Yasheng Huang

The China Lab began in 2008, the brainchild of MIT Sloan professor and associate dean Yasheng Huang. MIT Sloan’s action learning programs—a series of “labs” that bring students around the world for trial-by-fire real-life consulting projects—were growing at a rapid clip, following a decade of success with the Entrepreneurship Lab and the Global Entrepreneurship Lab (E-Lab and G-Lab, respectively).

Today’s MIT Sloan action learning programs include 13 labs and a series of study tours. Students from across the School’s programs have taken to the unique learning model. A full 75 percent of MBA students participate in at least one action learning project (and some do as many as three). Every member of the 2012 Master of Finance class completed at least one project. All told, MIT Sloan students have finished action learning projects with more than 400 small and medium-sized companies over the past decade.

Huang wanted to see that same energy focused on China, where MIT Sloan already had strong relationships with leading business schools like Yunnan University. China’s boom was in full swing, and Huang saw a win-win opportunity.

“It occurred to me that I could use our students to help small and medium-sized entrepreneurs in China who otherwise couldn’t afford the consulting advice that would make a real difference in their businesses,” he said.

For students: “I think what’s unique is you get inside a Chinese entrepreneurial firm. You get close to Chinese entrepreneurs. They tell you things they may not tell you if you don’t do this project with them. You get data you may not get if you don’t do this project with them. So in that sense, I just don’t think you can get the kind of exposure our students get by doing anything else.”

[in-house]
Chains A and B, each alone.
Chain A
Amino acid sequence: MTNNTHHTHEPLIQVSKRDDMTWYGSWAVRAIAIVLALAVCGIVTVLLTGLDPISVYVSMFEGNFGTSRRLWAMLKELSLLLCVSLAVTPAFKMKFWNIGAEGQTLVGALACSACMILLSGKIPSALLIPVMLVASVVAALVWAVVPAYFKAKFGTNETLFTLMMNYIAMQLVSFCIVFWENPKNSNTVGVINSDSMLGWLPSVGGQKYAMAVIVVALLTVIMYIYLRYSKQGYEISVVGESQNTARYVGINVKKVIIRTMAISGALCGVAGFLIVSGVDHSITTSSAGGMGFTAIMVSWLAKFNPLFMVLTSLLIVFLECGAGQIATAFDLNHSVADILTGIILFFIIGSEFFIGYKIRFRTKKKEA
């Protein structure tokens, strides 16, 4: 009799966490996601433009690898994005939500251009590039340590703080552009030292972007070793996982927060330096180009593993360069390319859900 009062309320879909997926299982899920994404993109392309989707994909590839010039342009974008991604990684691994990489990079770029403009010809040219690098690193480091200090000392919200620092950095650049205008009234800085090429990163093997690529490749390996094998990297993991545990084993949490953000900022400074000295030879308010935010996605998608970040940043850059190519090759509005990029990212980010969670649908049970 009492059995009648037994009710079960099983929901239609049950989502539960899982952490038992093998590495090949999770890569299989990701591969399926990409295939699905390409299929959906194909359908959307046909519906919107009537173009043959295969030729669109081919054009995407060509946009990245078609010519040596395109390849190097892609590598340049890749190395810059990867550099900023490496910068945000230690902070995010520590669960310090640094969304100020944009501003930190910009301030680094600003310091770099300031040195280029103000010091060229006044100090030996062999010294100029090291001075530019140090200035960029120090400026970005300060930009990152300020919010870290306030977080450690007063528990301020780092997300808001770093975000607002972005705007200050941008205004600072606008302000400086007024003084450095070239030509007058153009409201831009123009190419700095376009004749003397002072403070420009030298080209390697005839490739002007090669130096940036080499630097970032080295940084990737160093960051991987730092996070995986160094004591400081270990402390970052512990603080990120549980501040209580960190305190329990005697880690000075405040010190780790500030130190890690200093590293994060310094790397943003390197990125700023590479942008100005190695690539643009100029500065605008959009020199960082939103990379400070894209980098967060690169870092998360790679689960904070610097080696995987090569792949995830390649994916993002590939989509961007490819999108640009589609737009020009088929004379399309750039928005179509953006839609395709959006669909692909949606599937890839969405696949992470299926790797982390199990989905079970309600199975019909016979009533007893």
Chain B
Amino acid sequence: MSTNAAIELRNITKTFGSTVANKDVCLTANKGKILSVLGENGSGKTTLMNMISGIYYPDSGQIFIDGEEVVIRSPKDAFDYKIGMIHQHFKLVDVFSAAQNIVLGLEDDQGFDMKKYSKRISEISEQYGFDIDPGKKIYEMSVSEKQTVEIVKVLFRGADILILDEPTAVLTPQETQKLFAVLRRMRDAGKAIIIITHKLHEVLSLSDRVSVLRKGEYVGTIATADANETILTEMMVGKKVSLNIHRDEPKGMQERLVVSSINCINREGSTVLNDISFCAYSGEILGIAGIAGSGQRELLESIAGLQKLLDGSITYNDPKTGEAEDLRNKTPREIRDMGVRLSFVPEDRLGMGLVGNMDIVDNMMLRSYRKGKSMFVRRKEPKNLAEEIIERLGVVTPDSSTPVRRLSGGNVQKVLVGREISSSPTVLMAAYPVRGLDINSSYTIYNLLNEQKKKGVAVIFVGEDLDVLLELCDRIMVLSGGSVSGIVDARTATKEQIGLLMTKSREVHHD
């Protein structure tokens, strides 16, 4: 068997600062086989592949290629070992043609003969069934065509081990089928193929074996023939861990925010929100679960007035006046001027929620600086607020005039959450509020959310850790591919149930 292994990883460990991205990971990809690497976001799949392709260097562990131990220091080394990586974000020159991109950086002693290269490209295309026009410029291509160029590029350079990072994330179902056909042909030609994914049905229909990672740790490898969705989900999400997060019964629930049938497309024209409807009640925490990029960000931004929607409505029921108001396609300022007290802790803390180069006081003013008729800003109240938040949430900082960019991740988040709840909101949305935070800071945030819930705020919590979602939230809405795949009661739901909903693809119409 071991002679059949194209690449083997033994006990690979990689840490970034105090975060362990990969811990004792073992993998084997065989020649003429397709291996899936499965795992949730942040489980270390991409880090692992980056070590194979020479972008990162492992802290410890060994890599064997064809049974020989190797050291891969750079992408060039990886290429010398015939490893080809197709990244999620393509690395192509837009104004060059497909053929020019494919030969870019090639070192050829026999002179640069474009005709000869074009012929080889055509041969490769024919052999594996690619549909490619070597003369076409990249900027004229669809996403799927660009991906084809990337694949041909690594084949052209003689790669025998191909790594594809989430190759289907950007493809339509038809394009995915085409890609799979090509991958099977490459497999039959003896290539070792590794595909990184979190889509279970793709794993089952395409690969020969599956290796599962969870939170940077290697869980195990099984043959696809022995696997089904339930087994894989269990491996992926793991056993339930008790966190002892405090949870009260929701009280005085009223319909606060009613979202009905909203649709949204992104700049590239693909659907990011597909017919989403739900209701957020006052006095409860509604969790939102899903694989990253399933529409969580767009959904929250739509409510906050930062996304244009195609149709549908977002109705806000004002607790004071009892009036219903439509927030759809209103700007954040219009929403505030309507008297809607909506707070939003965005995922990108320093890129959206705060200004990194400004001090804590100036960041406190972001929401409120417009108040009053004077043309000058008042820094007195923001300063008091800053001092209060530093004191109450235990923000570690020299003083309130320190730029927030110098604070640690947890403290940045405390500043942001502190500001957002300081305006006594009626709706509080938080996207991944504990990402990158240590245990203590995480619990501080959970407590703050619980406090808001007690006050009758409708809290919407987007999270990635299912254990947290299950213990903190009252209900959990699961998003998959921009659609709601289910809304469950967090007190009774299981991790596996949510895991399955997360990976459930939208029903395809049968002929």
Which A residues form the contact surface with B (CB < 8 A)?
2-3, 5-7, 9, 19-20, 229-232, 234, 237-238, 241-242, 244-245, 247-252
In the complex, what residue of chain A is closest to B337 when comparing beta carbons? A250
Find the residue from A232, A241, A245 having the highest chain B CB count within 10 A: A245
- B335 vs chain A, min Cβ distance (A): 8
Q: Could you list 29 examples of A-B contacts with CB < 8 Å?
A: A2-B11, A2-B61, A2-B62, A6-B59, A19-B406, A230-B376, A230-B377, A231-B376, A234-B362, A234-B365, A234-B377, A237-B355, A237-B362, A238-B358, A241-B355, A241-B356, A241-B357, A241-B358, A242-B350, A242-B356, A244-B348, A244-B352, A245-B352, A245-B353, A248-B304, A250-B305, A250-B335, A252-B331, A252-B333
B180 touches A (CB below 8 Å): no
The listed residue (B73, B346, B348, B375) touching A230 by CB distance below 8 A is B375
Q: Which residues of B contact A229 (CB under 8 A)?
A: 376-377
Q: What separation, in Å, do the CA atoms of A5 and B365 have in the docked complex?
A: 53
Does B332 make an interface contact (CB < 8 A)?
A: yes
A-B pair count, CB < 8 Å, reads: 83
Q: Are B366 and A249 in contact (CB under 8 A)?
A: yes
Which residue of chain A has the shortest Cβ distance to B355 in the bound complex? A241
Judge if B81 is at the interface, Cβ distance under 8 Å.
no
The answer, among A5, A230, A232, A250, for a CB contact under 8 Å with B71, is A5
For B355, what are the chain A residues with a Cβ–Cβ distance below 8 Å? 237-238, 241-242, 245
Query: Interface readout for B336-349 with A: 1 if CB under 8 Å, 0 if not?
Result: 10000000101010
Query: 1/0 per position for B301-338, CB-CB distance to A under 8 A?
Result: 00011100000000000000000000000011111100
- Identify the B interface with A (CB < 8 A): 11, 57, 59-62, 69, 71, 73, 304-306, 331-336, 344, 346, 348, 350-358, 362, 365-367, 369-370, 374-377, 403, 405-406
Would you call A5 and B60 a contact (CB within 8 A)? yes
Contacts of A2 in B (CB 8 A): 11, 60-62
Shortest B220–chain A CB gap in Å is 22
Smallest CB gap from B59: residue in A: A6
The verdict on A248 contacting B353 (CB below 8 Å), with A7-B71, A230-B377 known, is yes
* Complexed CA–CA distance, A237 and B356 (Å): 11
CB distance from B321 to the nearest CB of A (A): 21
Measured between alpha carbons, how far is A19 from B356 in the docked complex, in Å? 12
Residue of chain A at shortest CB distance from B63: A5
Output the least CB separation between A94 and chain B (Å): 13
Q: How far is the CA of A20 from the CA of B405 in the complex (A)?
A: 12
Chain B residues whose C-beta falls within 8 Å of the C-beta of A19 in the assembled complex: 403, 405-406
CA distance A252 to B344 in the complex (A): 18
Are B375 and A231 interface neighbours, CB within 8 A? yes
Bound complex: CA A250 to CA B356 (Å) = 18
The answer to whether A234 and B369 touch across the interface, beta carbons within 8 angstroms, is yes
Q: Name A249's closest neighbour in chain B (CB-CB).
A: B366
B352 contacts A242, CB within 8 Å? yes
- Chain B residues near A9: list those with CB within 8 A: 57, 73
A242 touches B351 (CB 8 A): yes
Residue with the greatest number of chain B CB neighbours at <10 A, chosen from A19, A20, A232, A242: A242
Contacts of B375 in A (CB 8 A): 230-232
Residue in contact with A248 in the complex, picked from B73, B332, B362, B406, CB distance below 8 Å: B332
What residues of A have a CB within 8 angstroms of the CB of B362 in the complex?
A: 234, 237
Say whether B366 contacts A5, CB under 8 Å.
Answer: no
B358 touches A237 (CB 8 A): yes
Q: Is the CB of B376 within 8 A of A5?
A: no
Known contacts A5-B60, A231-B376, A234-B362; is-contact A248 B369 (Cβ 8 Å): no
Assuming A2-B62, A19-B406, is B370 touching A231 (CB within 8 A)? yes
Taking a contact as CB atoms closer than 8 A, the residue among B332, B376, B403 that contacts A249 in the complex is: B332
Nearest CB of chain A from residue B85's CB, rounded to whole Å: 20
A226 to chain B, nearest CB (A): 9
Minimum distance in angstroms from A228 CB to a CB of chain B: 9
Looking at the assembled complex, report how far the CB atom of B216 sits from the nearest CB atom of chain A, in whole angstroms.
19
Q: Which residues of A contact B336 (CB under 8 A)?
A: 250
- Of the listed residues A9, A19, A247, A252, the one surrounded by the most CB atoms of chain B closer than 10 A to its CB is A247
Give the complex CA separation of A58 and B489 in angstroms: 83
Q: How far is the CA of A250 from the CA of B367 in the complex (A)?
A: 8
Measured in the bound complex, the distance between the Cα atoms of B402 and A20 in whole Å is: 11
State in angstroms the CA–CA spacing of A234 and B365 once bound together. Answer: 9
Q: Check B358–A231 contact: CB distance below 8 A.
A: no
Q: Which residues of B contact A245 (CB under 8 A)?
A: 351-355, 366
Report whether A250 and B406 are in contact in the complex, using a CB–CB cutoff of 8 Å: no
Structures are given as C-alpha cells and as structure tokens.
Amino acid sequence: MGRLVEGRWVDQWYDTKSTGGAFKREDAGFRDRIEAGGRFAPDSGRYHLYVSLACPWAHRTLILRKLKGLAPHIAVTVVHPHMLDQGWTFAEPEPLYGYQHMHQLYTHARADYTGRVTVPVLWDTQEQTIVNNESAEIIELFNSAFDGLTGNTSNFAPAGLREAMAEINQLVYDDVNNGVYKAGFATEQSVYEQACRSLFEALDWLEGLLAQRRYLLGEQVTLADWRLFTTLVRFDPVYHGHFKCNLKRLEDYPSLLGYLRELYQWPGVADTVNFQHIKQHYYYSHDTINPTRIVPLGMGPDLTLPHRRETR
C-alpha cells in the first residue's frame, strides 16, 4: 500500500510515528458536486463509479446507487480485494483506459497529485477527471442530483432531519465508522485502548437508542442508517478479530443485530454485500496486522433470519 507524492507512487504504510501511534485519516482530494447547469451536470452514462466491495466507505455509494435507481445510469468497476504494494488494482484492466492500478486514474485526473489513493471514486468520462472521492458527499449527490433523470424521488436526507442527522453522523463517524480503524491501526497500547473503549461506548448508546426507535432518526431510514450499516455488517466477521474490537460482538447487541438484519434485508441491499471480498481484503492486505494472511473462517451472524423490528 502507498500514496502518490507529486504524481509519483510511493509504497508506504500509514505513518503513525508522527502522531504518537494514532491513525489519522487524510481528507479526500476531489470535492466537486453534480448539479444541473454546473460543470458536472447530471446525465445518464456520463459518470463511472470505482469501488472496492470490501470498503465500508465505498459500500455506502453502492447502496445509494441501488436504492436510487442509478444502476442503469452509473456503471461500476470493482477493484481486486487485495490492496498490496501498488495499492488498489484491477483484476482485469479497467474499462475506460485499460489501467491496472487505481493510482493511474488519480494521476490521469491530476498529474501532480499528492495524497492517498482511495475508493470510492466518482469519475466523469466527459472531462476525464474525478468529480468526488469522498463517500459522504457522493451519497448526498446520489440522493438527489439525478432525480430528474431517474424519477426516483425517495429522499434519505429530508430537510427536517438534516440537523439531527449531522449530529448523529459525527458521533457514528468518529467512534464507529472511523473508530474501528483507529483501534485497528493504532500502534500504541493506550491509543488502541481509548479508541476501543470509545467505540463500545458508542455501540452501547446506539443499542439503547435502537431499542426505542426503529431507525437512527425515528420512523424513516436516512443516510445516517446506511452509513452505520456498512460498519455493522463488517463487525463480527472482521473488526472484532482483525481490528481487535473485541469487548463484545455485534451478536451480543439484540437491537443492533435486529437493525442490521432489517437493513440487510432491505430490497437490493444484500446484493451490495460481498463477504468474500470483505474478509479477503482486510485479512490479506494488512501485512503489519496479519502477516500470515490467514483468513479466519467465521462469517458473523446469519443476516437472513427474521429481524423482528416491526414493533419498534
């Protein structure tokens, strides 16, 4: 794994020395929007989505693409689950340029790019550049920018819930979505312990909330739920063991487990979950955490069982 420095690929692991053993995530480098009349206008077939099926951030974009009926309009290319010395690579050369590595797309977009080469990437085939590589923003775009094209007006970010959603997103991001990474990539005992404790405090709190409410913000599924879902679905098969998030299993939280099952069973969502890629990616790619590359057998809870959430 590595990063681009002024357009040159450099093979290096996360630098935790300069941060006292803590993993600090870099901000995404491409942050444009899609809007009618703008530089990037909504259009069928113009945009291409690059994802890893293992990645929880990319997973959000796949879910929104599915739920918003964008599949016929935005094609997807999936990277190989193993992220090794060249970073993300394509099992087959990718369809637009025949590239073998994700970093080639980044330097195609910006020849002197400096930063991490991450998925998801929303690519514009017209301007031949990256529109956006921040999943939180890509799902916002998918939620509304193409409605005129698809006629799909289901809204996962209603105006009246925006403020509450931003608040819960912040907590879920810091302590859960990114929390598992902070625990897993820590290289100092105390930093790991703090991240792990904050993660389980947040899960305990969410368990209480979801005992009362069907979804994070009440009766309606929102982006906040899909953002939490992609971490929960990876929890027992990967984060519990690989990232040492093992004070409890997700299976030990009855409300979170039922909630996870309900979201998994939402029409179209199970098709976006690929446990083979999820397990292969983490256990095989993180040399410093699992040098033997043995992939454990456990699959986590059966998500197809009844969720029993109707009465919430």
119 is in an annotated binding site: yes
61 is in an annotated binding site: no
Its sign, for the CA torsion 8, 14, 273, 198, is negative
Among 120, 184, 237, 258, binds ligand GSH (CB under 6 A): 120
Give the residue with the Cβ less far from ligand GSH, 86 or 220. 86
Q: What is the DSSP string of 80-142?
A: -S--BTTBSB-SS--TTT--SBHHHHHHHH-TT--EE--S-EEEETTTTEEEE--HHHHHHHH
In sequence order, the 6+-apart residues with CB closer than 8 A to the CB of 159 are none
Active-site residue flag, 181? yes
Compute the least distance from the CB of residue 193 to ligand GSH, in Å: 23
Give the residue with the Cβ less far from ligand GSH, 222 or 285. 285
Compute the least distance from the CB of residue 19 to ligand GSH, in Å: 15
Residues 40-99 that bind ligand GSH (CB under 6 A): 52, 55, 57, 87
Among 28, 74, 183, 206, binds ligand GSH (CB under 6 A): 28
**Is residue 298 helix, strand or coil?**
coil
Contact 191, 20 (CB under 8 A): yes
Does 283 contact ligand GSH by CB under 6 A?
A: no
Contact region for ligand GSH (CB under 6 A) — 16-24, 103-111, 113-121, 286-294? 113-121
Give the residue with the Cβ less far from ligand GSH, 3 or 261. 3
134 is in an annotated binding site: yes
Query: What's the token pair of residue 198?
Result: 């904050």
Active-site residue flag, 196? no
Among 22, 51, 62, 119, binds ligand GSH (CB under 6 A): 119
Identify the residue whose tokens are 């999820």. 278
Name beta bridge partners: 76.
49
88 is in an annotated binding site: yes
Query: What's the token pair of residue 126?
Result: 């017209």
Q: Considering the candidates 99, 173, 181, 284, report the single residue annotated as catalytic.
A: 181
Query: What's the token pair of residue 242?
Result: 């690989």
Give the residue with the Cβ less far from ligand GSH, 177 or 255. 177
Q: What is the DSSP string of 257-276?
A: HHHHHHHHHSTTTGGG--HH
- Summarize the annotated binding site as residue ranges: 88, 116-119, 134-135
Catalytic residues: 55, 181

During China Lab projects, MIT Sloan students do real consulting work. China Lab—like all of MIT Sloan’s action learning programs—is not an internship, it is not a mentorship, and it is not an apprenticeship. Students are expected to produce results that rival the work of the top global consulting firms.

Students in MIT Sloan’s action learning labs also work almost exclusively with entrepreneurs managing small and medium-sized companies. Sure, Huang says, you could send a China Lab team to a multinational corporation with a Beijing office. But that would be missing the point.

“We emphasize entrepreneurs because we like entrepreneurs,” Huang said. “My own view is that entrepreneurs are the future of economic development in any country, including China. But the other reason we like them is because almost every decision an entrepreneur makes is a high-level strategic decision. If you work with a big company, you will be given a very well-defined task. You don’t learn as much, because it’s well defined.”

“The way I look at working with a big company is it’s a bit like filling in the blanks,” he said. “So there are blanks that they need you to fill in, but they don’t want to spend the time, and they don’t have the expertise. Whereas, if you work with a local entrepreneur, it’s like filling in a whole page. They need it all. It can be anything. There is a lot of frustration, no question about it. But that’s life. Life is frustrating.”

For Shriya Palekar, an MBA student at MIT Sloan, the China Lab might be better described as challenging. Palekar and Charu Shirai, MBA ’13, were assigned to work with Fei Xuemei and her growing preserved flower company, Holyflora.